smclewis

A Hundred Visions & Revisions

In Uncategorized on September 12, 2010 at 5:11 pm

“There will be time, there will be time
To prepare a face to meet the faces that you meet;
There will be time to murder and create,
And time for all the works and days of hands
That lift and drop a question on your plate;          
Time for you and time for me,
And time yet for a hundred indecisions
And for a hundred visions and revisions
Before the taking of a toast and tea. …”

                                   

from “The Love Song of J. Alfred Prufrock” by T. S. Eliot

 

I was thinking the other day about revision and, indeed, about the many revisions I make throughout a day.

Do I want to wear this or that? I put something on. Too hot. I try something else. Do I have time for coffee? Or should I just drink a Diet Coke piping cold from  the fridge? I decide to drink both. Which route to take today? The peaceful green pass through Prince Creek Parkway? Or the annoyingly tourist-laden Highway 17?

A hundred indecisions. A hundred revisions.

It seems what is missing, for me anyway, is visions. I used to be full of plans and ideas and dreams. I used to relish that time before sleep when the mind can wander off into a haze of pretty possibilities and impossible ideas. But as I have grown older, I find that it is indecision that seems to erode my time, and that— I think— is disheartening. The tasks of adulthood seem to beat the bloody pulp out of fantasy, which is why you should all be very nice to your parents! Well, mostly nice anyway.

So, if one were to treat one’s life like a draft of an essay or story, how would one proceed at say the fifteenth draft out of thirty? Or, to make the analogy less vague, how would one revise one’s life halfway towards the end? What habits should bite the dust? What hobbies should spring on to the scene? And what of the internal collaboration between heart and head? What to make of all those musings and confusings?

One of my favorite writing teachers, Professor David Huddle of the University of Vermont and The Bread Loaf School of English,  wrote that the beginning of his writing process begins with sentence tinkering, the cautious editing and microscopic tweaking of sentences that are already almost terrific. Then, he proceeds to the messier aspect of the draft, looking it over to see if it is cohesive, cutting and pasting, and just cutting out the dross. Finally, it is put away again until the next go around. I was shocked many moons ago when I turned a short story into this wise man thinking it was pretty much perfection. (HA! HA!) It was my twelfth draft, and I had taken the time to carefully render the characters and their wispy relationship that hinged on infidelity and an oversized Christmas tree that was tied to a nail in the wall in order to stand up! I think Professor Huddle really only like one sentence in the whole piece, and let’s just say, it wouldn’t have been the sentence I would have seen as a stand out. It was simple and clear and descriptive without being over-written.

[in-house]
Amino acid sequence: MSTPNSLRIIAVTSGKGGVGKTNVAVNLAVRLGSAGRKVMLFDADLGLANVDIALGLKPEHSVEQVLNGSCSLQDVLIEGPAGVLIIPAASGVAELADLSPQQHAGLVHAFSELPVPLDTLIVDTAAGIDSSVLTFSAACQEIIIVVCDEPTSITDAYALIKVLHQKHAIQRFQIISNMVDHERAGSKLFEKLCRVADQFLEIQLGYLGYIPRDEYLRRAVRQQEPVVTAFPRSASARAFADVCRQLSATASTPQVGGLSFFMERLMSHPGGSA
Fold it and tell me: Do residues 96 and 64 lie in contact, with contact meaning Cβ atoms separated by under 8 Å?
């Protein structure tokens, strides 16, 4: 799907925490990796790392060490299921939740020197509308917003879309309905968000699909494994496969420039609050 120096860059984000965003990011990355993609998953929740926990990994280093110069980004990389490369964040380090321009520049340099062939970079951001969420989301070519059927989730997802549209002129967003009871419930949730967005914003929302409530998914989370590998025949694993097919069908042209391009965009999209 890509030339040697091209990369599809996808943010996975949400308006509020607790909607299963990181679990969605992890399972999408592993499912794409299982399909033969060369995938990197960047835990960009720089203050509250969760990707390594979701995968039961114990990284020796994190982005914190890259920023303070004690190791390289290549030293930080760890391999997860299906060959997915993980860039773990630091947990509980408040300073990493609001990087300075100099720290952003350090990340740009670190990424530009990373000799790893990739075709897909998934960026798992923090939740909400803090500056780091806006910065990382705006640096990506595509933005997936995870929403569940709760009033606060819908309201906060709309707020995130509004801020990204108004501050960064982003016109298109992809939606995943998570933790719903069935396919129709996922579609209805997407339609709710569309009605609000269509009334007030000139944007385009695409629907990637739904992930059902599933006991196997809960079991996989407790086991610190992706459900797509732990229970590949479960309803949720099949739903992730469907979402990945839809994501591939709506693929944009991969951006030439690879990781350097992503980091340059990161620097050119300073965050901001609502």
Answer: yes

The realization that my twelfth draft of a story had about one excellent sentence and “legs” as Prof. Huddle said, was more than depressing. “Legs?” I thought. “I have written this story so that it has legs?”

SIGH. I’M NOT A WRITER. WHY AM I WASTING MY TIME? THIS IS STUPID.

Funny. That’s how I sometimes feel about life. WHY AM I WASTING MY TIME TRYING TO…lose weight, be better, go to church, be nicer, volunteer for once in my life, have patience, exercise, floss, take vitamins, save the world from ecological disaster and ignorance AND ON AND ON AND ON AND ON AND ON.

WHAT IS THE POINT IN REVISION? Especially if the story is never going to be published or read? Especially if, in the end, my life will really not be known or important or anything like that?

 I’d like to know your thoughts.

I have some cheezy sayings and platitudes I could insert here, but I’d rather try to get a simple declarative sentence. I’d like some clarity.

Shed some light, my friends. Shed some light.

Also, what are your visions of your future? What do you think about in the hazy half-sleep before you dream?

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  1. Hey Shannon, I know you don’t write your blog thoughts for the parents, but I started reading and couldn’t stop. You are so funny and thoughtful! Anyway, I am only responding because of how you ended this blog. You ARE NOT wasting your time! You need to flick that little lie that is being whispered in your ear, right off your shoulder! Flick it! I know (I’m a mom) that your efforts may never seem to be noticed or appreciated, but there is ONE that notices everything. Nothing ever escapes HIS vision! Not even the smallest gesture, kind word or smile. So keep on keepin’ on!!!

    • Dear Boo,
      Thank you so much for the kind words! It is now December and I am just getting back to blogging! Anyway, your comment is like a beautiful holiday gift to me.
      Thank you!

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